All Time Low reaches an all-time high on its current tour
Sleeping with band dudes doesn't make you famous." The words scrawl across a closed door after the stock "band slut" walks in behind the drummer in All Time Low's new video for "Weightless." Just a few years back, the four Baltimore-based post-punkers wouldn't have known anything about that sort of thing. But they're now headlining their own tour, which has already seen sold-out crowds in various parts of the country. Lead heartthrob Alex Gaskarth took some time out to tell us about the experience of touring, necessary items on said tour and if he ever feared backlash for the scene-bashing they deliver in their new video.
Westword: Only a few years back, you guys were still on the uphill struggle. How does it feel now to have it all pay off?
Alex Gaskarth: Oh, man, it's one of those things that's taken quite a while to build. It's been a combination of like a slow build, but you know, it's only been a few years in the making. So it's...it feels like it's been rushed. It's a strange balance. It's been phenomenal, to go from playing church halls and stuff like that when you're still in high school to headlining in front of a few thousand kids every night. It's amazing.
All Time Low
All Time Low, with We the Kings, Hey Monday and Friday Night Boys, 6 p.m. Thursday, November 19, Gothic Theatre, 3263 South Broadway, Englewood, $20-23, 303-830-8497.
Visit http://blogs.westword.com/backbeat/qa for more of our interview with All Time Low's Alex Gaskarth.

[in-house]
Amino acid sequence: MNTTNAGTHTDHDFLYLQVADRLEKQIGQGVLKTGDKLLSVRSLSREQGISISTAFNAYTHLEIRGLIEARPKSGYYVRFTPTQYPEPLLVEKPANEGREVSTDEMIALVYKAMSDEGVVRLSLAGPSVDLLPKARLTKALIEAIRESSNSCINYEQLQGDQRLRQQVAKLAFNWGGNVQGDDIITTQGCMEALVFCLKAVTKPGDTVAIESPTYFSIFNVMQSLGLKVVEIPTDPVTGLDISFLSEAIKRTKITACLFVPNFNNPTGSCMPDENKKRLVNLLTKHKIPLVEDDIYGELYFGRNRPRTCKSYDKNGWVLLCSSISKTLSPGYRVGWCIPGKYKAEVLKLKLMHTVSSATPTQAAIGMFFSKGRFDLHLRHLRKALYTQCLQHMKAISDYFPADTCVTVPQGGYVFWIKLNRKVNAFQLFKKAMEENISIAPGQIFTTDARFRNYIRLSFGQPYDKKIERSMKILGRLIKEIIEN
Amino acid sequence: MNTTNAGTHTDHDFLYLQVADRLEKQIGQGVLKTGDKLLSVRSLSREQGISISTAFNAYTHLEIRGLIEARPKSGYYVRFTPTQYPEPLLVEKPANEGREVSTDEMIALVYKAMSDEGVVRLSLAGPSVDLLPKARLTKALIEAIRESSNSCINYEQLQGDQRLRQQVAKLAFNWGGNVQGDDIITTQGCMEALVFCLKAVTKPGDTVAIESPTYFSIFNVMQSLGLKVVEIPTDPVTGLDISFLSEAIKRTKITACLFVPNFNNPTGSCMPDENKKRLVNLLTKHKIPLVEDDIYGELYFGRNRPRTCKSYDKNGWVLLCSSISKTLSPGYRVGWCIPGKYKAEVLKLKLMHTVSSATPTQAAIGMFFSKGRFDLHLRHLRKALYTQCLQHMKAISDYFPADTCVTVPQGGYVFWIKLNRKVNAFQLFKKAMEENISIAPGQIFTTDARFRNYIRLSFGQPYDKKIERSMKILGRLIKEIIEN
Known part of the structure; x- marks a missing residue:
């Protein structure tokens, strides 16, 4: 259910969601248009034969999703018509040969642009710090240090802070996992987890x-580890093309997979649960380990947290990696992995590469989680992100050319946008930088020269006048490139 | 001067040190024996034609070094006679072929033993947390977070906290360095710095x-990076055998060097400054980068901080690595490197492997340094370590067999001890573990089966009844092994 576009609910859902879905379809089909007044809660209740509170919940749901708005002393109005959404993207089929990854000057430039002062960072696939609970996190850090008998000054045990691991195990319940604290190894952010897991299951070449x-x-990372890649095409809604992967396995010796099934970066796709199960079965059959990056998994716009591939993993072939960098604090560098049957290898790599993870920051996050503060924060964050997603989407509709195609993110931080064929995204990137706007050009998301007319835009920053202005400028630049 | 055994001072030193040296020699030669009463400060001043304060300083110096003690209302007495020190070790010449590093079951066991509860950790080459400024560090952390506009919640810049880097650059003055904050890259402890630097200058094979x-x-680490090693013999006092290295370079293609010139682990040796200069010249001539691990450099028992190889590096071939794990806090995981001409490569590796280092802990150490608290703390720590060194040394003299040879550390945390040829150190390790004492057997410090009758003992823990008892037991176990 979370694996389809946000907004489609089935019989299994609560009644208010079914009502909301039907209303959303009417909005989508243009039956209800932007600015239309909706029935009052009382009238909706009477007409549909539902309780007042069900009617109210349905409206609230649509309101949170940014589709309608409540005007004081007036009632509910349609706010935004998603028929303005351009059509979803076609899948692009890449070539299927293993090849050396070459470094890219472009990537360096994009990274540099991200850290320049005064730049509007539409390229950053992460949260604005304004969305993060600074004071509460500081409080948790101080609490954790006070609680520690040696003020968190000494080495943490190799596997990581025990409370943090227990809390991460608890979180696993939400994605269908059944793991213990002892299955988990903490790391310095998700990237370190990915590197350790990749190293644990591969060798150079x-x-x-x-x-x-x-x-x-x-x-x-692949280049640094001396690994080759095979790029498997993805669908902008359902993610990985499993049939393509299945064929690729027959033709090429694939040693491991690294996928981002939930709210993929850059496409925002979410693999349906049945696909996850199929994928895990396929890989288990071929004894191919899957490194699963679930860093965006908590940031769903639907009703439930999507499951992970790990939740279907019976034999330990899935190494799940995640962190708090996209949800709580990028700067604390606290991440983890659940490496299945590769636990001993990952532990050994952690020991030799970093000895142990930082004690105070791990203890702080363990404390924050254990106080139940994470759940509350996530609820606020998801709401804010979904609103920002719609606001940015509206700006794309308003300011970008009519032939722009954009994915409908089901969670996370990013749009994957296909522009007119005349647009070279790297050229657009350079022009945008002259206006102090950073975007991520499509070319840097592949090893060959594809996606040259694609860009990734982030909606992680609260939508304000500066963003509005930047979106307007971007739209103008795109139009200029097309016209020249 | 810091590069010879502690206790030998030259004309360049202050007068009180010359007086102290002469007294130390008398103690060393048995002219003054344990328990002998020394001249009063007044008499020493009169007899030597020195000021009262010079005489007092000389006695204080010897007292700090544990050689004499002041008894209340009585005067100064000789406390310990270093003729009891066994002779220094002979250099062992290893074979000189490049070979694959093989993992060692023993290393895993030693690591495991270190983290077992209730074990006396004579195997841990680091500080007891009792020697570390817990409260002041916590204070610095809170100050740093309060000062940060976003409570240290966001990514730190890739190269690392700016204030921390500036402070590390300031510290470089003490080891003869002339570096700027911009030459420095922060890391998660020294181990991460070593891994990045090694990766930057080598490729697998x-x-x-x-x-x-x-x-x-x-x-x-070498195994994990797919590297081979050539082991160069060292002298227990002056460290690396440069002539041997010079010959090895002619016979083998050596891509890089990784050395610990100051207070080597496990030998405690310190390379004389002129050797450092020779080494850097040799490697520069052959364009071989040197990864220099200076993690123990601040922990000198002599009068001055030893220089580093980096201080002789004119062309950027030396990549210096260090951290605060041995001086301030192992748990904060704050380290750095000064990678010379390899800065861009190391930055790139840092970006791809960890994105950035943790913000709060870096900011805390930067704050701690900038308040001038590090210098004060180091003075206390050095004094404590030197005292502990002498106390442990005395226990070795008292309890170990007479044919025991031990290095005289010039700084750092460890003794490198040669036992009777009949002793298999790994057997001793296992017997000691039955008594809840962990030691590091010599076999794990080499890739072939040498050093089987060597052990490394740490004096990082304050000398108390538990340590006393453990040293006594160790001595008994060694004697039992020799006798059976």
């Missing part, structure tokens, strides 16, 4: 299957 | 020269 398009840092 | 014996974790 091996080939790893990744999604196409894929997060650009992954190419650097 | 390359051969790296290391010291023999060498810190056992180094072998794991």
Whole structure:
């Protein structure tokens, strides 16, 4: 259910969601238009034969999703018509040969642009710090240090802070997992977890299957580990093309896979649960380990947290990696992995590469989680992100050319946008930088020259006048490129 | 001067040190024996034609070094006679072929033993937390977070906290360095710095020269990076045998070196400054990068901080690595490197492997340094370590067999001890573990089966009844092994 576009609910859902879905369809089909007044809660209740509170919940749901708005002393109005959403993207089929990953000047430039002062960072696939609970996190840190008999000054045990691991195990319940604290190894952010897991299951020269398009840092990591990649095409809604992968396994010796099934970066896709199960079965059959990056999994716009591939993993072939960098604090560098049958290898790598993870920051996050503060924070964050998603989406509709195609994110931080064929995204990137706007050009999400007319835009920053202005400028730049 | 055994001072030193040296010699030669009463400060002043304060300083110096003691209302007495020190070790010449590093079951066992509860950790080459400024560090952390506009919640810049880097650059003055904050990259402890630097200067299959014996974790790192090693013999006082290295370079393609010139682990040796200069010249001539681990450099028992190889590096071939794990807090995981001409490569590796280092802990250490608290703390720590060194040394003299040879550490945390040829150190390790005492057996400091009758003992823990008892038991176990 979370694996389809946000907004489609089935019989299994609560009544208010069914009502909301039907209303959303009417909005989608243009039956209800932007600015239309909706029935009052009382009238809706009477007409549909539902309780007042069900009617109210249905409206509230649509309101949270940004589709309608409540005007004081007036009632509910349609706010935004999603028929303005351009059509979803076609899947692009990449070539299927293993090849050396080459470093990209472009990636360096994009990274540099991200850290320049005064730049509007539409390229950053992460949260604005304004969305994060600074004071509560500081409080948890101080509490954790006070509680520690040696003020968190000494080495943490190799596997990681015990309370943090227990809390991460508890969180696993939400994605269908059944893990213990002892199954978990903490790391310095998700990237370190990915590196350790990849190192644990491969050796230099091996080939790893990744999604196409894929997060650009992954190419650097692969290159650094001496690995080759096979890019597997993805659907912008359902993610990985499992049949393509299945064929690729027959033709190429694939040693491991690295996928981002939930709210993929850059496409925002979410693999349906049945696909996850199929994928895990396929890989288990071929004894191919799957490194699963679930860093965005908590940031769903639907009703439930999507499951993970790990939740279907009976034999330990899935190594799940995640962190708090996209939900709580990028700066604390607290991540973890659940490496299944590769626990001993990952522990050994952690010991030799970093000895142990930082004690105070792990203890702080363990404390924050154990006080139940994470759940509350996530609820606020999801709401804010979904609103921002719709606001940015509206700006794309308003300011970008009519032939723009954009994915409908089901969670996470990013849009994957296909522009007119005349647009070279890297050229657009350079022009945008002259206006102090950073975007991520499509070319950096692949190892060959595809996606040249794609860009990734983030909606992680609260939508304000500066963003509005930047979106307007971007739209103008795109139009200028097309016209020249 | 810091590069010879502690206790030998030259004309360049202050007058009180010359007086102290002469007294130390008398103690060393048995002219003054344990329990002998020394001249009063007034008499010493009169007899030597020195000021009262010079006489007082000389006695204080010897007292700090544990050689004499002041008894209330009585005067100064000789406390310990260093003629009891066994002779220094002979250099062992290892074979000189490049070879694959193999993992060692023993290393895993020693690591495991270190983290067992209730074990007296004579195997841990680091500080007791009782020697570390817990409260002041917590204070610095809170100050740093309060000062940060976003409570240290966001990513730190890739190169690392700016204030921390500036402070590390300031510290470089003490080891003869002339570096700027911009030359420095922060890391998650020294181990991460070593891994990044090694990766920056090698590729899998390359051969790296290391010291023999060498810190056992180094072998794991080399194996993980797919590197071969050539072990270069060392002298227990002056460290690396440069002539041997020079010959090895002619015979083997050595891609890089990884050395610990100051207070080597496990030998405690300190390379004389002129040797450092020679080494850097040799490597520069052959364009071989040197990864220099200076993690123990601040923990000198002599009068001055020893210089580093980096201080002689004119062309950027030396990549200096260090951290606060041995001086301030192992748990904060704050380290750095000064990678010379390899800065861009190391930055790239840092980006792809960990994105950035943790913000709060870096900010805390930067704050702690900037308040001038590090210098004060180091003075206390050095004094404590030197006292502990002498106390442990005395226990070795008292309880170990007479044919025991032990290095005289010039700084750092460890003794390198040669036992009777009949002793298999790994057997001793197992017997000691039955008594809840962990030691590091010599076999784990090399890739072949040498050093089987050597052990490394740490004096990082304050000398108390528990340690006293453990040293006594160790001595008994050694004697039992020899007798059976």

Bands like yours have to be on the road for months at a time. What are the essentials that need to be packed?
For us now, we tour in a bus, so there's a lot of downtime. So a lot of the crucials are all the new movies that are out and basically video games. They're a huge thing for us — definitely something to keep you entertained. We play a lot of sports, too, so we'll bring out footballs, Frisbees, stuff like that, for off days. It's a really good way to kill time.
In your video for "Weightless," you rag on a lot of different groups and at times get pretty brutal. Were you ever worried about any backlash?
[Laughs.] I mean, it's all in good fun. We make fun of ourselves in the video, too, you know? Nobody's untouched in that video, so it was really more just kind of for laughs, and I think everybody gets it, and I think the stereotypes we address are pretty accurate. I think people mostly just kind of took a step back and laughed at it.
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